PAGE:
In august, the New York Law Journal awarded 16 lawyers the Lifetime Achievement Award, which is the first of its kind in the law journal’s history.
Among the award recipients were four NYU School of Law alumnae, Helaine Barnett, Sheila Birnbaum, Betty Weinberg Ellerin and Judith Kaye. Each recipient will be featured in the journal’s 125th anniversary issue and honored at a celebration dinner on Nov. 4.
“We were thrilled that the 16 attorneys selected for this high honor include four NYU alumnae [which is] more than any other law school,” NYU Law dean Trevor Morrison said. “It’s particularly noteworthy that all four are women. NYU Law was one of the first law schools to admit women, and many of them have gone on to become leaders in the profession.”
Editor-in-Chief of the New York Law Journal Kris Fischer praised the four NYU alumnae and their contributions to the field.
“[They] are four outstanding women who are role models to the legal community and have contributed vastly to the community at large,” Fischer said.
Barnett, a member of the class of 1964, was the longest serving president of the Legal Services Corporation, which provides vital civil legal aid for low-income Americans.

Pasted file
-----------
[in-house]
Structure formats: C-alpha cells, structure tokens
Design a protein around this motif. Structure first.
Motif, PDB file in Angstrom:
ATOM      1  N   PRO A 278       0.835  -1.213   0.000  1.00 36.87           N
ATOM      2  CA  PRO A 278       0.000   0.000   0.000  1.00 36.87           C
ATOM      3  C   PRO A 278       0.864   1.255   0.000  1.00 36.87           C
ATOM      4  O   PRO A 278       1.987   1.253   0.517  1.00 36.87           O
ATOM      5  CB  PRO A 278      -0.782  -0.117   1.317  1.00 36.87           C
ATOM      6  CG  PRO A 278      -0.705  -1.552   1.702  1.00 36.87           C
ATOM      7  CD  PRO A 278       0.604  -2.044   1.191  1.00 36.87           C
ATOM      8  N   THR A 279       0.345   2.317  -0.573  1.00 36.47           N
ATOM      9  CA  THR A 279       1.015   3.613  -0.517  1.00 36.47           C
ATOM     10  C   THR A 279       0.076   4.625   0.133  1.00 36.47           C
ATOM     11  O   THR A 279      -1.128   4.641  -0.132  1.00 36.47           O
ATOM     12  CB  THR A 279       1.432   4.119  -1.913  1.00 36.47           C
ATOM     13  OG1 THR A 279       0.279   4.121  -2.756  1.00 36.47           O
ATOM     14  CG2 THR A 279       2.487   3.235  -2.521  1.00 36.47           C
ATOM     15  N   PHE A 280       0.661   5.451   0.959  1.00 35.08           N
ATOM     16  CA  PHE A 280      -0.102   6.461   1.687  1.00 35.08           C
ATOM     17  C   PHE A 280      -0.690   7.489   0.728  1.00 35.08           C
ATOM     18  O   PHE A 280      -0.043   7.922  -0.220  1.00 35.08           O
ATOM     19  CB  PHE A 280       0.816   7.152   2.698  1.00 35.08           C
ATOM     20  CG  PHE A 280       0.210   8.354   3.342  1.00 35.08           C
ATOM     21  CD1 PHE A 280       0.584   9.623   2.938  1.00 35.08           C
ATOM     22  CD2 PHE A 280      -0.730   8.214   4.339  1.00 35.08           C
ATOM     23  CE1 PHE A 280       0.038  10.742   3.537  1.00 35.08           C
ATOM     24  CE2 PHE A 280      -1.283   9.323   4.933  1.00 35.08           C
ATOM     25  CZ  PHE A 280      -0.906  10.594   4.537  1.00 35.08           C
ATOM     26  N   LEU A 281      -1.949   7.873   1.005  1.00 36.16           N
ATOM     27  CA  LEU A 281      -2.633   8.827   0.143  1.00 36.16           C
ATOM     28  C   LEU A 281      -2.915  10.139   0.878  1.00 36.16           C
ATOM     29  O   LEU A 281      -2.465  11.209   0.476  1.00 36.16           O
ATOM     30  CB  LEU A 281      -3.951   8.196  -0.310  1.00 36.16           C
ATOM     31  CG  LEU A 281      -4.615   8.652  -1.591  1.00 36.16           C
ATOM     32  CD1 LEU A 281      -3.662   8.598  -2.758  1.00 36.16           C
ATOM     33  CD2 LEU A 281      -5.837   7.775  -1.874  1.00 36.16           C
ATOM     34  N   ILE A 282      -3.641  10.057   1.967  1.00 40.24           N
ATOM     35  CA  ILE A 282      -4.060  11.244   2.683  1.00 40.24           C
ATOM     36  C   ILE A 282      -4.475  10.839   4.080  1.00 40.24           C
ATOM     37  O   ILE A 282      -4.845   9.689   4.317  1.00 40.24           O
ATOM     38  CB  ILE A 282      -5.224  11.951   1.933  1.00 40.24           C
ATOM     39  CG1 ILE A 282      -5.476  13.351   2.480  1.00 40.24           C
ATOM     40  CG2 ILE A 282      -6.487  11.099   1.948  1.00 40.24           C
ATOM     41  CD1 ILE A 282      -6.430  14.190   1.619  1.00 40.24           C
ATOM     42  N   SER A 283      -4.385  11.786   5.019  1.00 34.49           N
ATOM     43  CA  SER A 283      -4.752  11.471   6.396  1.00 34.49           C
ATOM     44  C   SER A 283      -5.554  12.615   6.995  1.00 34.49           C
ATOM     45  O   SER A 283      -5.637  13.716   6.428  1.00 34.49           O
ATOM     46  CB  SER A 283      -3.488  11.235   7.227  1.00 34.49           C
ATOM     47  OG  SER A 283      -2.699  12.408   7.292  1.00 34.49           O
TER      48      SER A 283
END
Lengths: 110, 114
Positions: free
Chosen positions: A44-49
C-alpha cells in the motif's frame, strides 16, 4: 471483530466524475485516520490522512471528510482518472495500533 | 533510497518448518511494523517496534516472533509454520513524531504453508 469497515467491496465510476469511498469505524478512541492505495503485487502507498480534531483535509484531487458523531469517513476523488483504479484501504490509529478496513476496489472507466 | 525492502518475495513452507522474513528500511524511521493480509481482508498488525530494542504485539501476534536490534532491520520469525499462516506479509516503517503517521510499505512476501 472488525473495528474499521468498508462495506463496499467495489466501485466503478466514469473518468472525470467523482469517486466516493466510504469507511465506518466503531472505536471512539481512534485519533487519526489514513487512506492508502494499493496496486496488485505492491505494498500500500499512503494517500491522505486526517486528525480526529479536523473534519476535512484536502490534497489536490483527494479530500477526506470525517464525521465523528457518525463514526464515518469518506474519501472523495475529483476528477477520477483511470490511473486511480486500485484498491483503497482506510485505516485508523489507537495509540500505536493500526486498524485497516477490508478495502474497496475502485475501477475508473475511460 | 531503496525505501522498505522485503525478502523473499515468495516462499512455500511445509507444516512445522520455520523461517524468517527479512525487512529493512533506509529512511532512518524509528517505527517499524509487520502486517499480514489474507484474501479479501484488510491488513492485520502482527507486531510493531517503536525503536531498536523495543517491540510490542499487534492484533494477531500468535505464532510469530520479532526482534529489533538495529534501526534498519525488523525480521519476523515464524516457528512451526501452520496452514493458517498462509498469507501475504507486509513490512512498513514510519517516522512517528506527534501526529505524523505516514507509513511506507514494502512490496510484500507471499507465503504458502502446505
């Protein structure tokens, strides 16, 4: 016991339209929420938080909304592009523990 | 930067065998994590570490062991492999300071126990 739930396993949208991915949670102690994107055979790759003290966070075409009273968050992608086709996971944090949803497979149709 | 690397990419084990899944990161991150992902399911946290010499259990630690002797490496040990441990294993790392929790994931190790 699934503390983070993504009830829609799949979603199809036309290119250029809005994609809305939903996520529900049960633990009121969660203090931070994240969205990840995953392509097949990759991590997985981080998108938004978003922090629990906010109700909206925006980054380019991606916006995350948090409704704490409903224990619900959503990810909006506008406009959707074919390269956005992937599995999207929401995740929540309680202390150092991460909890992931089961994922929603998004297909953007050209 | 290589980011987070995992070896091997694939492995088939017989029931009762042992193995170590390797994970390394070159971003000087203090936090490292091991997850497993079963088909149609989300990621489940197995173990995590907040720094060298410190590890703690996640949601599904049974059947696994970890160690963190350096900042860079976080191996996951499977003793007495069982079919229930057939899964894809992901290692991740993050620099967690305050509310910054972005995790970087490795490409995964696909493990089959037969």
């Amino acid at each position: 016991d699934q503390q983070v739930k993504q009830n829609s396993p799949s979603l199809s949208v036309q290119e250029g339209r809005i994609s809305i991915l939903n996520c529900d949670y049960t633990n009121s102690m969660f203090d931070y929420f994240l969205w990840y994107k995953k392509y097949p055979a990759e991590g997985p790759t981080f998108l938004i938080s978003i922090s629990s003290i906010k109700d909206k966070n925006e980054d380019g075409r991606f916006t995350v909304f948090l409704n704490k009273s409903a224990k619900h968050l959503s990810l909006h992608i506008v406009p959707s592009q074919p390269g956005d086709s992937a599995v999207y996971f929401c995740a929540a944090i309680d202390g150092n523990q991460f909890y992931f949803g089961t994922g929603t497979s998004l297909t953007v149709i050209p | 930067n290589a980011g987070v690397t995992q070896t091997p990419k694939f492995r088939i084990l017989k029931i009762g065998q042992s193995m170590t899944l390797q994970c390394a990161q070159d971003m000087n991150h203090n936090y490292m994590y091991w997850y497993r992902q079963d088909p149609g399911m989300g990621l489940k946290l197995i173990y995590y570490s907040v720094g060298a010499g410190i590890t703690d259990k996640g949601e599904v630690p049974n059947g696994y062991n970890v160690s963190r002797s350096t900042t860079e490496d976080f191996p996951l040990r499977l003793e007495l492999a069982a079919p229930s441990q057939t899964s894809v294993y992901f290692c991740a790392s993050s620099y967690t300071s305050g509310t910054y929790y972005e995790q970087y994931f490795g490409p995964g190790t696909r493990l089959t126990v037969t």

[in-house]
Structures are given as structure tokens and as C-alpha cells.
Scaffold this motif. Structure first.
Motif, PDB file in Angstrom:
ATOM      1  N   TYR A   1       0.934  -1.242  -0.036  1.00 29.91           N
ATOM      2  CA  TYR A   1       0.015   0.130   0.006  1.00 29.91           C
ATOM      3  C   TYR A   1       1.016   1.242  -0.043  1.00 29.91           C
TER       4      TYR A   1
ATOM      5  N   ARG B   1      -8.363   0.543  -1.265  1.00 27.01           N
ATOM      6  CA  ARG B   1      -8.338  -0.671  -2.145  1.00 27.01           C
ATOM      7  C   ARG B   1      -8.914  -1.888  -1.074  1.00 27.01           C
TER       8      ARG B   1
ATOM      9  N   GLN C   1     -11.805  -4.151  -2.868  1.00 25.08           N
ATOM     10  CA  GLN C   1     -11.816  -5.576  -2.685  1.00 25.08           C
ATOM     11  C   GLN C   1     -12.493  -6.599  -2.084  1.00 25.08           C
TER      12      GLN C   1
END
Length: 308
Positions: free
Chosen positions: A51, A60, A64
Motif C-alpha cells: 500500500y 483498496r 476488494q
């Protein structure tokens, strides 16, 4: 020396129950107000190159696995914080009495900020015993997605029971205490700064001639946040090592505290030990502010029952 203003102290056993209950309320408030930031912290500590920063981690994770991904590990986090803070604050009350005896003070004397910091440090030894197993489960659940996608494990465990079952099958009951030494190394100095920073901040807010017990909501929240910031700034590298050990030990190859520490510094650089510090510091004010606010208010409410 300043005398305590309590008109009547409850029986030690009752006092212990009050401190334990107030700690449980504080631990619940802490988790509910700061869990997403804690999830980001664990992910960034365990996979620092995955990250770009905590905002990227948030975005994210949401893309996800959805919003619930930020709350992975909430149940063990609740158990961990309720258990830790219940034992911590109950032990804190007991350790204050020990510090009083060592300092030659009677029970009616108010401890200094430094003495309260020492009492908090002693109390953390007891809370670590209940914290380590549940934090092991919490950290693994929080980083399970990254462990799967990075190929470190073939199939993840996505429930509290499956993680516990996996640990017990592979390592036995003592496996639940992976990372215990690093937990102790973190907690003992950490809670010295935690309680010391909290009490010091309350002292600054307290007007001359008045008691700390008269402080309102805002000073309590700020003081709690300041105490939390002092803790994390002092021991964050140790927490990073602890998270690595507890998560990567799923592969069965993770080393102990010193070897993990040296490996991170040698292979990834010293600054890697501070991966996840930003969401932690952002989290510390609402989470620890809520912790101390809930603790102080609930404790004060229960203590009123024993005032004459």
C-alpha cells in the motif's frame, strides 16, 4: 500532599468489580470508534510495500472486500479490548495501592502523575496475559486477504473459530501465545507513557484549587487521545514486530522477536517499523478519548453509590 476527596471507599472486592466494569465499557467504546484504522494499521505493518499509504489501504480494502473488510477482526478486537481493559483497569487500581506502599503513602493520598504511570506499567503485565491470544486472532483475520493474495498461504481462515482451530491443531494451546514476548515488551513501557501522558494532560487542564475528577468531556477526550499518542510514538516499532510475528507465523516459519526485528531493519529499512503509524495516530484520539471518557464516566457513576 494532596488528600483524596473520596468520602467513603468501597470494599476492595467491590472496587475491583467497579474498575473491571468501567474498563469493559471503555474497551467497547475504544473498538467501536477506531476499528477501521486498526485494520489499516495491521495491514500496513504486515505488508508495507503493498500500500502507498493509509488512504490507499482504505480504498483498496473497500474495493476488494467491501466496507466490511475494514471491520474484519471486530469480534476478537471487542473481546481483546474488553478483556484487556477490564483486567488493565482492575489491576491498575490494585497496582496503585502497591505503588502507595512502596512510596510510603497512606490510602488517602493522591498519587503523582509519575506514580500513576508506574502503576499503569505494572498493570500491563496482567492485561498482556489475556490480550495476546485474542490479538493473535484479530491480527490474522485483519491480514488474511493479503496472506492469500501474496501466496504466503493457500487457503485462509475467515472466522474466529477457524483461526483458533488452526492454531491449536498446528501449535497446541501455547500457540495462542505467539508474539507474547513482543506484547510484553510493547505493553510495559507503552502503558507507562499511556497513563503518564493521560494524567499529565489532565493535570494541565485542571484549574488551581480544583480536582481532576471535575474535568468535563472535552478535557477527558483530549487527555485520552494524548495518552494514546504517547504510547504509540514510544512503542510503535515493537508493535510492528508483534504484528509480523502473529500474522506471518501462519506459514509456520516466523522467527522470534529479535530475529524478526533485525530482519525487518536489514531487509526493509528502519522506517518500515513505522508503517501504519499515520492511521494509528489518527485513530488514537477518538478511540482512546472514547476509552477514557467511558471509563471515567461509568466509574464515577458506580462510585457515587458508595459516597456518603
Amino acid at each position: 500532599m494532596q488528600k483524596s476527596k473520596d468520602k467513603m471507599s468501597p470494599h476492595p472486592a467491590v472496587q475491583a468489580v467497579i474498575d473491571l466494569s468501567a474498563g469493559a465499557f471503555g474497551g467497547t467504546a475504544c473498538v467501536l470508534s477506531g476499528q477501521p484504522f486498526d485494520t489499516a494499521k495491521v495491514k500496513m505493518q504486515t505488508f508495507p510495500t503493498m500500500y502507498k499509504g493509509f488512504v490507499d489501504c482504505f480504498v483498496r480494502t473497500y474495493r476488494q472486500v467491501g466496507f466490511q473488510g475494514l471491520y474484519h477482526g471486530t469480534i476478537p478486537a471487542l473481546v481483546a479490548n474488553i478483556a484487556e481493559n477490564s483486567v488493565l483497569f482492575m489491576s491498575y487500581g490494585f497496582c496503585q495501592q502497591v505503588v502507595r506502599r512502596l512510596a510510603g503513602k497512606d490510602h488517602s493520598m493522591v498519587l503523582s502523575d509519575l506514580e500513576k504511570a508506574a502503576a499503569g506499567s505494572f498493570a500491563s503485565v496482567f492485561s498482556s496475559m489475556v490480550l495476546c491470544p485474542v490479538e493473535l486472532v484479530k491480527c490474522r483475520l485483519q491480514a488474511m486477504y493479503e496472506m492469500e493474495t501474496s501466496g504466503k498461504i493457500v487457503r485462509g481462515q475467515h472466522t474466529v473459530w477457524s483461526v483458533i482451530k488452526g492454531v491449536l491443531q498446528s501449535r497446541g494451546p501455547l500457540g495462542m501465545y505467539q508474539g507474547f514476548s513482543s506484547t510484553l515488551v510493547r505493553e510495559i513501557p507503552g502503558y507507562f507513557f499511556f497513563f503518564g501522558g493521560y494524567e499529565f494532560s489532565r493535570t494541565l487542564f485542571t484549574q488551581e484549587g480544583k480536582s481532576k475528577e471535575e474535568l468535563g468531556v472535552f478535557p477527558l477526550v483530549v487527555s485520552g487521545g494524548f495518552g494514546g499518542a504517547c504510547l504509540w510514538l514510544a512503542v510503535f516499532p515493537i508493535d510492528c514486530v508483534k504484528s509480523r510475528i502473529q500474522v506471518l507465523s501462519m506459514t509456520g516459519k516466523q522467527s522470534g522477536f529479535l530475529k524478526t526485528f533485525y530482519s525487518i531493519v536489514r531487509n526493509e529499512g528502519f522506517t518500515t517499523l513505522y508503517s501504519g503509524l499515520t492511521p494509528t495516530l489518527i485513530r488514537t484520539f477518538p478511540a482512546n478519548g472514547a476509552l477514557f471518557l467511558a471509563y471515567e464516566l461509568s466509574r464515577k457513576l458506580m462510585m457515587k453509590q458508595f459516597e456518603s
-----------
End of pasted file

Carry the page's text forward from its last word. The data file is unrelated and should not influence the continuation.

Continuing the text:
Birnbaum, who graduated in 1965, one of the nation’s leading product liability defense attorneys, has been a professor and associate dean at NYU Law and currently serves as the special master of the September 11th Victim Compensation Fund.
Since graduating in 1952, Justice Weinberg Ellerin became the first woman associate justice of the appellate division of the New York Supreme Court.
Judge Kaye, a law school graduate from 1962, served as the chief judge of the Court for Appeals for 15 years and was the first woman to serve on New York’s highest court.
Kaye expressed her excitement and appreciation for being recognized by the journal.
“It thrills me to be singled out by an organization that I admire so greatly and to be honored for the work I have done over the years,” she said. “I had the opportunity to implement a good judicial system.”
Similarly, Weinberg Ellerin said this award has helped her realize the positive results that have come from her work.
“Receiving this award makes me immensely proud,” Weinberg Ellerin said. “I have had an impact on [the] advancement of women and am very proud of having broken through the gender barrier in many areas.”
Morrison expressed admiration of the recipients, who have become leaders in the legal world and shown commitment to public service.
“I hope the accomplishments of these women will serve as an inspiration to those who follow in their footsteps,” Morrison said.
A version of this article appeared in the Thursday, Sept. 12 print edition. Maria Verbaite is a contributing writer. Email her at firstname.lastname@example.org.